The unit is built with four fans drawing a total of 60 horsepower, up from the original unit’s 40 horsepower. Despite this increase, which achieves a greater capacity, the unit’s performance is set to be more energy efficient at part loads. Each fan is driven by a variable frequency drive (VFD) that is controlled to run at part loads— rather than cycling them on and off when the demand decreases. “Since we have VFDs on the fans, they’ll run all four fans at, say 30%, rather than run one fan at 100%, which is much more efficient,” Younkins says. “They are saving energy in that regard by only using the energy needed at any given load.” As an added bonus, stainless steel construction replaced the original galvanized material, ensuring durability and a long lifespan—a concern raised by the building’s owners. The addition of a custom fiber acoustic base for the tower ensured that the new unit was fully up to code.
Tim Moss, Manager of Mr. Goodtower Service Group for Energy Transfer Solutions, checks electrical circuitry at a VFD panel to confirm proper operation.
Other parts of the system
Another critical aspect of this upgrade was the heat exchanger. Originally designed for the lower demand, it would not serve the upgraded cooling tower to provide extra cooling to the building. But rather than replace the heat exchanger, the owners chose to modify the existing piece of equipment. “They cleaned and expanded the existing heat exchanger,” Younkins says. “They kept the original one in place because, fortunately, there was room to add additional plates to increase capacity.” Also, replacement of the old cooling tower with a modernized version allowed for minimal pipework. “There were some piping changes,” McCauley says. “Old pipe was replaced because of its age, but other than that there was only some rerouting of pipes to accommodate the new tower dimensions.”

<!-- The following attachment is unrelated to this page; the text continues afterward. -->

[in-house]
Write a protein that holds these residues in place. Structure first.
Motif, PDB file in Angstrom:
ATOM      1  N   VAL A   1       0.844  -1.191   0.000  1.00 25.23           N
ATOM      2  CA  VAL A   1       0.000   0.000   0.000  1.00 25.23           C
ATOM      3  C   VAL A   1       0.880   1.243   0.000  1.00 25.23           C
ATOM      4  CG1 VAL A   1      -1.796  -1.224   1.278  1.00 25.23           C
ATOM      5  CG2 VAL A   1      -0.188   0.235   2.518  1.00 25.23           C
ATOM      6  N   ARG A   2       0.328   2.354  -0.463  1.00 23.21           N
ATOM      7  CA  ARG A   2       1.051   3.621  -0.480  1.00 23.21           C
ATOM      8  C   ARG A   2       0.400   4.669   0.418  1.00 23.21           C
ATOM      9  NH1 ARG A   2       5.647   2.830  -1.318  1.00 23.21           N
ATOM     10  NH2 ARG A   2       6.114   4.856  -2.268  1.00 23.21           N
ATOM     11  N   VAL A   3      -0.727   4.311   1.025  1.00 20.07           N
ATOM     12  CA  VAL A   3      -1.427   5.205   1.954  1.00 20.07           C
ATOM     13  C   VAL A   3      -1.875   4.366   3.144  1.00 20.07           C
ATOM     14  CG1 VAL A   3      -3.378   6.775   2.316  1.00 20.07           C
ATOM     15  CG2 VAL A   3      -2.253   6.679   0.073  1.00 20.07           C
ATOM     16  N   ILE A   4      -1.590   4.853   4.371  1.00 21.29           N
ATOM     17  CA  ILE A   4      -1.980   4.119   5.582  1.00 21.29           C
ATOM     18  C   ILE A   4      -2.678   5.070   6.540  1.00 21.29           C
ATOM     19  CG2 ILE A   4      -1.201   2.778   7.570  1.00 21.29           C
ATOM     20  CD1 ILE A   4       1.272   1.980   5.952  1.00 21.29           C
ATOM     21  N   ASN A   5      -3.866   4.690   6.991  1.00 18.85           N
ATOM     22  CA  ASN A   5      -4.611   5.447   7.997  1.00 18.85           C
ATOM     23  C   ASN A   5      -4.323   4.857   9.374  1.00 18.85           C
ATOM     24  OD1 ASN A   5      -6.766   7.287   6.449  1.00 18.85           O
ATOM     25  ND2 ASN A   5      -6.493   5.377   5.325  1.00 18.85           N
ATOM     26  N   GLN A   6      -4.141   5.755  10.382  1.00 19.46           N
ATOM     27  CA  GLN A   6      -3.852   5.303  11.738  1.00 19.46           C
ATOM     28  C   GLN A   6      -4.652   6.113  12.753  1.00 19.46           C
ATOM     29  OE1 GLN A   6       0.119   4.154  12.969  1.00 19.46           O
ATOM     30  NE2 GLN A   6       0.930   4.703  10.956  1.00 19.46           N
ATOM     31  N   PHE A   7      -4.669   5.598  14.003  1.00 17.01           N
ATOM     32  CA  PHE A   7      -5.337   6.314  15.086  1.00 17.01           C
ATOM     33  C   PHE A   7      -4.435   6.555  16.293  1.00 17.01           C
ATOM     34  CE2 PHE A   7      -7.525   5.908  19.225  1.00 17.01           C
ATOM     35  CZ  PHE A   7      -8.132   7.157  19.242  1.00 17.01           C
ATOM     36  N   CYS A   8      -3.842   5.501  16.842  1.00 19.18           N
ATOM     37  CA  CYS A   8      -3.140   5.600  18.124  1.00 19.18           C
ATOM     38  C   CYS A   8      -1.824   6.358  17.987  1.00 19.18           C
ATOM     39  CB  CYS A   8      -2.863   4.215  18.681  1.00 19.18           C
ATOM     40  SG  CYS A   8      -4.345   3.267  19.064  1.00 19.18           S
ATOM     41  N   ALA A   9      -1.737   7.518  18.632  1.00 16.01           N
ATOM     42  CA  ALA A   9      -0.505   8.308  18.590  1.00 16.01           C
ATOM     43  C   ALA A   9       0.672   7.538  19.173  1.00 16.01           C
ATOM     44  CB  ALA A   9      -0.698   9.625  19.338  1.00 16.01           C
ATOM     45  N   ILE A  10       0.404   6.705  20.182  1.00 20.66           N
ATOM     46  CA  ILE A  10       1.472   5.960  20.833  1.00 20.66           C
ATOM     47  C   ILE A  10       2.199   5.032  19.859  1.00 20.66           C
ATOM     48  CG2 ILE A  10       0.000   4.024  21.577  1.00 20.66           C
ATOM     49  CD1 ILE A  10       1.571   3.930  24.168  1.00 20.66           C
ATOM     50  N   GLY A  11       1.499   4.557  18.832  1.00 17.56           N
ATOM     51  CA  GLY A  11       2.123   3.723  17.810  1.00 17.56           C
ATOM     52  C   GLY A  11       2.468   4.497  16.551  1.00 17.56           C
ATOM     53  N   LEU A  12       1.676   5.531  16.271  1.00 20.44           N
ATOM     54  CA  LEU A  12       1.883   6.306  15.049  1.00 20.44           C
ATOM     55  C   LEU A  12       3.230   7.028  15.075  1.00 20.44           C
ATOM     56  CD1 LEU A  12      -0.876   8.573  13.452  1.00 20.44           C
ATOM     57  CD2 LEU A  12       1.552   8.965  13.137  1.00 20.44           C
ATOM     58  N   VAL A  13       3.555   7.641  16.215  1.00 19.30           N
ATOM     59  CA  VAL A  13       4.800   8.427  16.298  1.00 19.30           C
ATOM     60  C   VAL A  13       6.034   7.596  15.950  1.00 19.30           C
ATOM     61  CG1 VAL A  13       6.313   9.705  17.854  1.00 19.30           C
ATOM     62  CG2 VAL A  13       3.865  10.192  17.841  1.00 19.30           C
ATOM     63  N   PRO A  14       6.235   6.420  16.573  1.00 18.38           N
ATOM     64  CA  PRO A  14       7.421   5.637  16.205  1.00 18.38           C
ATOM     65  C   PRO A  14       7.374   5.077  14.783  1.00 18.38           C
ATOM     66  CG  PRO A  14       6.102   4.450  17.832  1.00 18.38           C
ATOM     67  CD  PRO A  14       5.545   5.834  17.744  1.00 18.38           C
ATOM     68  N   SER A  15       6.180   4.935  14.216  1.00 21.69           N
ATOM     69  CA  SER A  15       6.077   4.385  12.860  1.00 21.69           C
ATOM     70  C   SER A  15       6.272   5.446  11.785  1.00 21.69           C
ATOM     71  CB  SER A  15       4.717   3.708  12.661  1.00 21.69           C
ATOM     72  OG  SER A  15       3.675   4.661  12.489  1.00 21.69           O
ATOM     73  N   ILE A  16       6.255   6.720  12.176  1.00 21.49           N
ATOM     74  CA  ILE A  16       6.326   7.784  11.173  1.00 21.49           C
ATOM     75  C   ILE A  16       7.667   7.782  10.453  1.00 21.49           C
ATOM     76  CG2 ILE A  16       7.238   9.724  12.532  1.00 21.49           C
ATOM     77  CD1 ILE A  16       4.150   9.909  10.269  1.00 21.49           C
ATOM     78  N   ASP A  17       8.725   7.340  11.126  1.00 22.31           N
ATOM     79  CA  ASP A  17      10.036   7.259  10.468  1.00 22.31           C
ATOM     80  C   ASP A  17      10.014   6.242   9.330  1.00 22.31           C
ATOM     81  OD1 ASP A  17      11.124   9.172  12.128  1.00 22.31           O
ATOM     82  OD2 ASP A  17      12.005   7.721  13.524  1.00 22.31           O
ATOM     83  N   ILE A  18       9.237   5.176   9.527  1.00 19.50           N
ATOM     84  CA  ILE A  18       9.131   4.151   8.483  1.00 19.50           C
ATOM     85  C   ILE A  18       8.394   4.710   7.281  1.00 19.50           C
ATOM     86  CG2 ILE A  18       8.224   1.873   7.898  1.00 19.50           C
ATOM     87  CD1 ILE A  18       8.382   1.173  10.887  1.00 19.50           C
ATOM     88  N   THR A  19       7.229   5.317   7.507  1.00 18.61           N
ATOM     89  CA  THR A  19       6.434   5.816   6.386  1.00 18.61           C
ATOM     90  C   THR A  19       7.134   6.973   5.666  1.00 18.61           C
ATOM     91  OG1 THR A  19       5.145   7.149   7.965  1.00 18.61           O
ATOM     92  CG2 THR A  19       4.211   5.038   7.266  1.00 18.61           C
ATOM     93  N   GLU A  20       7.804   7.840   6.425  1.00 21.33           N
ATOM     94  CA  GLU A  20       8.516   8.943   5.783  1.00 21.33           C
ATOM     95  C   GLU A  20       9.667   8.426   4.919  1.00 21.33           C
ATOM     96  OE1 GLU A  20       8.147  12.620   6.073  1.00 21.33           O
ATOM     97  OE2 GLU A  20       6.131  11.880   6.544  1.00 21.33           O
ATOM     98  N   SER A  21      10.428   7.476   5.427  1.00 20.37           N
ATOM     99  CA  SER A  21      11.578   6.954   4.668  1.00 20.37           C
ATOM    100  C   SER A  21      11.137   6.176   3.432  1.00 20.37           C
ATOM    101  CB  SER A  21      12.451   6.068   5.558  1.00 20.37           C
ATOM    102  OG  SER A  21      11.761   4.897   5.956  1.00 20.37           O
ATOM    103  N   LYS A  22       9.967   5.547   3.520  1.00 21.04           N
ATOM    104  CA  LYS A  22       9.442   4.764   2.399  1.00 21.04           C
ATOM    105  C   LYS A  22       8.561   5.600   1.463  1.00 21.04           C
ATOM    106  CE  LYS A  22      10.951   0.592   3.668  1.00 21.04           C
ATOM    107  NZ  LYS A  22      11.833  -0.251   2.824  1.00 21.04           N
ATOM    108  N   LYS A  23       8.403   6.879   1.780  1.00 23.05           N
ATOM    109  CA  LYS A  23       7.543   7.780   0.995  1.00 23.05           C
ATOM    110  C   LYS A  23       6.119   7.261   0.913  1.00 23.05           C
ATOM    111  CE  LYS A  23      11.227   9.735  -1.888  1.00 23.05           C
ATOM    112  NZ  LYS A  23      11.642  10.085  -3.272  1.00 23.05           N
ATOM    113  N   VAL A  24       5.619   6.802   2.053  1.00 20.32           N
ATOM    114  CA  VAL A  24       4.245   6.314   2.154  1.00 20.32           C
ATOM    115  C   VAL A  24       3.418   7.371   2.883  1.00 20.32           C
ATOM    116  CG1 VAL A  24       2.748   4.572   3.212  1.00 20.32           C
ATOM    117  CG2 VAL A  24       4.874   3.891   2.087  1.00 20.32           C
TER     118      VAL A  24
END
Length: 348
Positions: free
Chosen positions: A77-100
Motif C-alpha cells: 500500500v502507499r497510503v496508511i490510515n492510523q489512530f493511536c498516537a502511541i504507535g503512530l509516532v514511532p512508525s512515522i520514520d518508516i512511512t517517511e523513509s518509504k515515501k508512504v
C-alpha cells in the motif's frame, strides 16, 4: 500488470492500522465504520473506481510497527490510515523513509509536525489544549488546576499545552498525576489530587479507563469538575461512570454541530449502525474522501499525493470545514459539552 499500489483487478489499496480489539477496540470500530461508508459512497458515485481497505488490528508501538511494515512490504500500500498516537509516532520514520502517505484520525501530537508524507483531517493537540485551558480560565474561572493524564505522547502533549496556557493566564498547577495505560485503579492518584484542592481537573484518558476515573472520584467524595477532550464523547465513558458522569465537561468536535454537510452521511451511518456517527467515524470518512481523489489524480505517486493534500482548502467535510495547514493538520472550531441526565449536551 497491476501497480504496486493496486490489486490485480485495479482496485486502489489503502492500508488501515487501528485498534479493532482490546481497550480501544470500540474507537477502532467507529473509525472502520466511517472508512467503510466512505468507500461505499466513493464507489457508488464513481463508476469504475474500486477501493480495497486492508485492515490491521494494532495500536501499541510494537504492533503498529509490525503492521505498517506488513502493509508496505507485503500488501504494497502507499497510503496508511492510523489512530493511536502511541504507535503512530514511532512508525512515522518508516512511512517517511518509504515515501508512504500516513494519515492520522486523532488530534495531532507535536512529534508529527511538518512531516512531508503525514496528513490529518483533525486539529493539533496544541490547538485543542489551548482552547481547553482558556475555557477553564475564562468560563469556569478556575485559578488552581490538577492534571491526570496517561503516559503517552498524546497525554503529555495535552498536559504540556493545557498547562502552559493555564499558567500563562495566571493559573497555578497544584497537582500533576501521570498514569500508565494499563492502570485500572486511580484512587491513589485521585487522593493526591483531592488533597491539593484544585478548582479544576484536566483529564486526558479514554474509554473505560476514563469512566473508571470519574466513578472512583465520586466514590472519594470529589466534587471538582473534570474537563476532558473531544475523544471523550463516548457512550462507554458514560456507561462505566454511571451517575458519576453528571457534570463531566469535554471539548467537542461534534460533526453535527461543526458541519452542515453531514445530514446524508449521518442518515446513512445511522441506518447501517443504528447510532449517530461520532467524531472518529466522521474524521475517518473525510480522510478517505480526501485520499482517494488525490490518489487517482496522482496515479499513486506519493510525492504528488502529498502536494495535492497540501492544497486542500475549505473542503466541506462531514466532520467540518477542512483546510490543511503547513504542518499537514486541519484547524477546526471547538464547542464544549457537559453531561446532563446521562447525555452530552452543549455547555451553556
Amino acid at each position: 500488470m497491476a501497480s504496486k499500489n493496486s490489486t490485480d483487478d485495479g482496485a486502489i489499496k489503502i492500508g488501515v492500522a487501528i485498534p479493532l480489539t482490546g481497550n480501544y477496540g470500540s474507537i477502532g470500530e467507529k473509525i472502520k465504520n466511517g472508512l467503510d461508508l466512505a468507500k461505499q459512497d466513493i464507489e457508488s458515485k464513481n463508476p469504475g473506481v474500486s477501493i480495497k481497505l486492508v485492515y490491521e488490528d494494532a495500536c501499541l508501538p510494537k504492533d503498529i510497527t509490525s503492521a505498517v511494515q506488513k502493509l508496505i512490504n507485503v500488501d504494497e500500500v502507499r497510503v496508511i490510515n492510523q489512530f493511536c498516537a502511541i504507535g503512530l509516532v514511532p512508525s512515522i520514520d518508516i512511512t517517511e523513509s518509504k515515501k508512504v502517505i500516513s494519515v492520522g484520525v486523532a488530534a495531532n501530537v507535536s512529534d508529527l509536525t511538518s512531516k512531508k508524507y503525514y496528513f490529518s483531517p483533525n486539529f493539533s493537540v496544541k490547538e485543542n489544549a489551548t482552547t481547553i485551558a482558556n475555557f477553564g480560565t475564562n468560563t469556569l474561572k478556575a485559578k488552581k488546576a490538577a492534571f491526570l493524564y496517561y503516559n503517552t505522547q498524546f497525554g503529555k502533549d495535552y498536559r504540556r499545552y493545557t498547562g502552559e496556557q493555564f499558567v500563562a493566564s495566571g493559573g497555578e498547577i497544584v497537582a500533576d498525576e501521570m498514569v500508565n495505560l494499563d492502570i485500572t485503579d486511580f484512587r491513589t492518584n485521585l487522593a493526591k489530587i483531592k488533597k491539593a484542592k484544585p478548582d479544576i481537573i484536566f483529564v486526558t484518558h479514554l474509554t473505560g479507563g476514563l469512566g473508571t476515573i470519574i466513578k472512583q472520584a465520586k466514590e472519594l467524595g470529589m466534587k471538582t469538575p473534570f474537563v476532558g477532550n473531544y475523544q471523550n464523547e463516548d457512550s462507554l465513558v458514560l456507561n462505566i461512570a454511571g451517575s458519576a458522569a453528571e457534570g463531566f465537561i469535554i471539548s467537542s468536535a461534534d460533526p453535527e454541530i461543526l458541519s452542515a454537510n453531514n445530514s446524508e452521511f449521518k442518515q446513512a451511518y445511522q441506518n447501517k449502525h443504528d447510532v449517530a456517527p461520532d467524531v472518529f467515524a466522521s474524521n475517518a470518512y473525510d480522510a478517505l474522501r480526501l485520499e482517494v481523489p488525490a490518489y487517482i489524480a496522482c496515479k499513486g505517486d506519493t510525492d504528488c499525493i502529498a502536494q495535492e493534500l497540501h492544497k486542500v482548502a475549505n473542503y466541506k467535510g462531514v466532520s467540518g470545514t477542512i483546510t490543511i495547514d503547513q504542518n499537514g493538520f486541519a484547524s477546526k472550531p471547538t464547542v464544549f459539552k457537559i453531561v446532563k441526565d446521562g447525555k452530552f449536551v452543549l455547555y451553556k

Controlling the cooling tower required integration of the unit’s VFD controllers into the building’s BMS. This proved to be a challenge at first, but since its startup, the unit has been able to meet its required performance with no complaints from the owners. “Because EVAPCO was able to recreate
their discontinued model to meet the exact requirements of this project, the installation went smoothly,” Younkins says. With sturdy equipment and supportive professionals, the Ben Franklin Residence building is sure to maintain its reputation for luxury for many years to come. MH
John Vastyan is president of Common Ground and a senior contributor for Commercial Construction & Renovation magazine.
COMMERCIAL CONSTRUCTION & RENOVATION — DECEMBER 2020